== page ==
On Saturday, February 29th, the U.S. and the Taliban signed a peace deal in which U.S. forces will the leave Afghanistan in stages. Stars and Stripes reported the following details:
DOHA, Qatar — The United States and its foreign allies will withdraw all forces within 14 months and end the war in Afghanistan if the Taliban renounces terror groups and abides by a joint agreement signed in Doha on Saturday.
The agreement mandates a phased drawdown of American, NATO and foreign partner troops from Afghanistan and a disavowal of al-Qaida and other terror groups by the Taliban.
It also calls for intra-Afghan talks to include the Taliban and the government in Kabul beginning March 10, as well as security cooperation by all sides in fighting the Islamic State…
…The U.S. is expected to reduce its troop strength in Afghanistan from about 12,000 to 8,600 within 135 days, the agreement states. All U.S. troops and their allies would also completely withdraw from five unspecified bases. Remaining troops would leave within 14 months of Saturday’s accord.
A reduction in troops to 8,600, about the number in Afghanistan when President Donald Trump took office in 2017, would not harm a counterterrorism mission that combats ISIS and other groups, U.S. military officials have said since last fall.
According to the agreement, the U.S. will continue to fund the Afghan government and can halt the drawdown of forces if it determines that the Taliban are not living up to their end of the deal. How this would be determined is not explained. Additonally, an exchange of prisoners – 5,000 Taliban fighters and 1,000 Afghan government troops – will occur on the first day of negotiations between the Taliban and the Afghan government on March 10th.
Analysis of the deal is provided by journalist Azmat Khan on Democracy Now!
In the aftermath of clashes between Syrian troops and Turkish forces, the Russian government has announced it will be sending two warships armed with cruise missiles to the coast of Syria. The parties to the conflict have given different explanations for the clashes and the Turkish president is threatening to continue attacks on Syria:
Over 30 Turkish troops were killed in Idlib Province, and Russia says that they hold Turkey responsible for their own casualties. They said Turkey was not disclosing the location of their troops, and also were embedded with Islamist rebels, making themselves a target.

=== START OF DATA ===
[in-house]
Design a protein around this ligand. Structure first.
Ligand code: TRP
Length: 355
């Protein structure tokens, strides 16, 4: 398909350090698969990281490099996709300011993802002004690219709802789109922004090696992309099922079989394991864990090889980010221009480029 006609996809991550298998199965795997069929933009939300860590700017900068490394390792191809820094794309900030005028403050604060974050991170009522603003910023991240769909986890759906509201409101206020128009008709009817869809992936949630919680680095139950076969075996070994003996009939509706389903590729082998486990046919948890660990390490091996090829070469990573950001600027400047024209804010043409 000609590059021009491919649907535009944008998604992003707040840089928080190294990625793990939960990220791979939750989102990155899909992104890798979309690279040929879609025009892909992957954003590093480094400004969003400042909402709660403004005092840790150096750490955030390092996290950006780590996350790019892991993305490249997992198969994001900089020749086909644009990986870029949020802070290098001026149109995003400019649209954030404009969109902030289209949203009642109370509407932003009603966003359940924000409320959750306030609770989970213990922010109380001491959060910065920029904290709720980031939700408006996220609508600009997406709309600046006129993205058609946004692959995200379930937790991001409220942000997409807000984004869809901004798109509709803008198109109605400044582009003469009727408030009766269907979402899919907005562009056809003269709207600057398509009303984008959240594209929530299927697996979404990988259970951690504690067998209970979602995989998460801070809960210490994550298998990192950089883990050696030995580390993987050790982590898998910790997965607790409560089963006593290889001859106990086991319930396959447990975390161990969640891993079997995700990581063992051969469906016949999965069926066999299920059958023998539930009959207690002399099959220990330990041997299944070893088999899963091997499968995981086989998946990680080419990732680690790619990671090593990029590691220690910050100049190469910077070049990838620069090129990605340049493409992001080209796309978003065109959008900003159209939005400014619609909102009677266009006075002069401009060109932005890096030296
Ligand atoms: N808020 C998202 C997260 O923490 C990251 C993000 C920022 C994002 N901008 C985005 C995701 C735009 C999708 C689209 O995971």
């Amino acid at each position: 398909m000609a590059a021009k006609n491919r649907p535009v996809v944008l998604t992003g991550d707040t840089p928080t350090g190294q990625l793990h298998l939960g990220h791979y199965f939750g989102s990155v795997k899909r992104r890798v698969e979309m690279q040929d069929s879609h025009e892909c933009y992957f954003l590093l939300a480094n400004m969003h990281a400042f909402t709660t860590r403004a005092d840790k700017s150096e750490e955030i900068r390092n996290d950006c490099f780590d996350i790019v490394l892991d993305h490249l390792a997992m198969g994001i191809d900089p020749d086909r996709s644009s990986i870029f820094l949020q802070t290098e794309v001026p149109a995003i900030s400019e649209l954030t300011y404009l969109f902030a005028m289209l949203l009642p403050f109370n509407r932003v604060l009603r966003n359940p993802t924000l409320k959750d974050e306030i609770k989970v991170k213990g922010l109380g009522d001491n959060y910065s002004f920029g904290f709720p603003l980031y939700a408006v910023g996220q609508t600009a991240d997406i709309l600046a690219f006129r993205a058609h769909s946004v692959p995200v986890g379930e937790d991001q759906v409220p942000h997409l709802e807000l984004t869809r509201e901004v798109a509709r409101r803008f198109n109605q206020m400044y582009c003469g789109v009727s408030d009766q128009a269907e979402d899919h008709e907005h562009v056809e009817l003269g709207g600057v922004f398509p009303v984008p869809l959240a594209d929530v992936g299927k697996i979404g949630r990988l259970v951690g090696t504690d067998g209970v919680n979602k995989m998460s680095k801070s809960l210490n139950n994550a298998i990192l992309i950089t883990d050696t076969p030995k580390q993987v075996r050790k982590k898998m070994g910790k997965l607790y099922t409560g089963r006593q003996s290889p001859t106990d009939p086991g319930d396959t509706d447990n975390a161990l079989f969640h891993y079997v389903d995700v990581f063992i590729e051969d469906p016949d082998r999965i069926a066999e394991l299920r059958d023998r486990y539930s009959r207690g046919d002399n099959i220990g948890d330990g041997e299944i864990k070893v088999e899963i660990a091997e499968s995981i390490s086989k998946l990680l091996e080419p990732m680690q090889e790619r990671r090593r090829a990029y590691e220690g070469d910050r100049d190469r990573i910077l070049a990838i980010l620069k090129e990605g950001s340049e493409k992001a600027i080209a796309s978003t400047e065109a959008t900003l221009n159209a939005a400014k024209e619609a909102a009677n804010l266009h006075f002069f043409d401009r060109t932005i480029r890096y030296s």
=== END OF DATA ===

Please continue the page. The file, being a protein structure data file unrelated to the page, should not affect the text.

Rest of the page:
Turkey has denied this, saying they weren’t with the rebels, and that they’d told Russia where their troops were when they got killed. The Turkish forces are threatening more attacks on Syria going forward.
On Sunday and into Monday, Turkey continued both air and ground attacks on the Syrian army in Idlib:
Throughout Sunday and into Monday, Turkey has launched a flurry of airstrikes against the Syrian military in Idlib Province, and new ground offensives aiming to reclaim territory in the border province, to expel the Syrian government and ultimately replace it with Turkish-backed rebels.
Turkish officials have vowed to continue to move against Syria, and have promised to move against any Syrian government targets as legitimate military targets. On Saturday, 48 Syrian soldiers were killed. Turkey subsequently downed a pair of aircraft.
According to al- Jazeera, Turkey shot down the two Syrian fighter jets in retaliation for Syria’s downing of a Turkish drone hours before. The pilots, however, survived by parachuting to safety. The Syrian government claims it has now closed airspace over the province:
Amid the escalating tensions, the Syrian government closed the airspace over Idlib, with one official telling [Syria’s state run news agency] SANA any aircraft “that violates our airspace will be treated as a hostile flight that must be shot down and prevented from achieving its objectives”.
With respect to the extradition hearing for Julian Assange in London, the court has continued the hearing until May 18th. Below is an interview of Consortium News editor Joe Lauria, who has been covering the Assange hearing from London, by Chris Hedges.